Discovering contemporary New Zealand ceramists
Kiwis love getting their hands dirty, and working with clay is a popular discipline among artisan creatives looking to make functional and interesting works of art.
Ceramic products might be readily available, but if you have an eye and appreciation for good design and one-off pieces, it really comes down to those who are creating with passion and finding new ways to push the boundaries of sculpture and function in the home. Pottery is much more than terracotta planters and cheap dinnerware; it’s about handwork, the celebration of material and an expression of love for the craft. We’ve put together a selection of talented local ceramists covering a range of styles and products for the home and beyond.
Instantly recognisable for the bright and colourful patterns and focus on simple silhouettes, Wundaire is well known as the cool and casual ceramics brand originally from Brooklyn, Wellington. Owner Felicity creates stunning work that is as much a piece of art as functional pottery, and has several high profile collabs under her belt with beloved local brands. Available in stores and online for purchase, you can even attend a private workshop at her studio in Greytown and learn some of the techniques and skills so you can give it a go yourself.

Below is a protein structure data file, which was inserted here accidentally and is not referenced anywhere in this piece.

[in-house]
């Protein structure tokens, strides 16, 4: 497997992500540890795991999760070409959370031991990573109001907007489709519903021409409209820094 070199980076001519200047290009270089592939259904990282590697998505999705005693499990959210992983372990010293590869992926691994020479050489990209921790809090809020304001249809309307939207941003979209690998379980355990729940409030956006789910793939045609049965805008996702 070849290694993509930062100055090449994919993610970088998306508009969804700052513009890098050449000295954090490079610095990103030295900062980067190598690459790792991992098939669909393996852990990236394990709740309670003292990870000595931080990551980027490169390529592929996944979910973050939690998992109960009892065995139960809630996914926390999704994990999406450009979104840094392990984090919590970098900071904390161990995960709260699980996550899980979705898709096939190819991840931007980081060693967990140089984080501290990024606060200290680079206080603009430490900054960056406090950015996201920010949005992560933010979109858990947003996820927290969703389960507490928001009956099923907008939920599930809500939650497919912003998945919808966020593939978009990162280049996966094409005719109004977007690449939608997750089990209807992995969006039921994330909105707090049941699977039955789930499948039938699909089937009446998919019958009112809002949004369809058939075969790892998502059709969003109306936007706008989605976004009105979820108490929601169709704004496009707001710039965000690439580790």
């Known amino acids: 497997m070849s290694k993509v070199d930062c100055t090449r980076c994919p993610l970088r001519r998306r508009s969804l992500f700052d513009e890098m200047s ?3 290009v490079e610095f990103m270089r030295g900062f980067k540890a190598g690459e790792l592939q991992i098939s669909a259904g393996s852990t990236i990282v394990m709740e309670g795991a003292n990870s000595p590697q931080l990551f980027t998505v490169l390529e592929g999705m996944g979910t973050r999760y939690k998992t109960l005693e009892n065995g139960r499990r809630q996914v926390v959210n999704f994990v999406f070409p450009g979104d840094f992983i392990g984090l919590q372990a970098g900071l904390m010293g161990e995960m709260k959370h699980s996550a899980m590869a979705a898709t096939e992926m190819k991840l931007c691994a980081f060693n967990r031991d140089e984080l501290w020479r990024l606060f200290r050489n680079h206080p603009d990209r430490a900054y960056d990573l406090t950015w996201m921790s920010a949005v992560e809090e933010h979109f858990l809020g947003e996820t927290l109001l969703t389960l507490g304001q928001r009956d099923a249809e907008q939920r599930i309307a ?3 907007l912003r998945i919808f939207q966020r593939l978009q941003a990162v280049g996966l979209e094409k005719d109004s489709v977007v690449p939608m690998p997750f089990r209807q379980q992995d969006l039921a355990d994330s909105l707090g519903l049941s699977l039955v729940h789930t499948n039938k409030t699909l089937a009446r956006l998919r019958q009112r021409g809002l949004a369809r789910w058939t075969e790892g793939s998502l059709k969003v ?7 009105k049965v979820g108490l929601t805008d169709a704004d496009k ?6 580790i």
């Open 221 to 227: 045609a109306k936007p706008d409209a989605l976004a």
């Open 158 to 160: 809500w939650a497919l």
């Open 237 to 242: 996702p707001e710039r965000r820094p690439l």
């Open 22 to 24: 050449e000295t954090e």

Handmade at Lucy Coote’s home studio in Berhampore, Wellington, Salad Days ceramics are elegant and tactile pieces finished in minimal, earthy tones. Designed for use and longevity, the textural style of the stoneware clay is immediately eye-catching. Lucy uses a mixture of wheel thrown and hand build techniques to create her pieces, and with a focus on functional products from candle holders to soap dishes, it has never been easier to elevate your interior styling.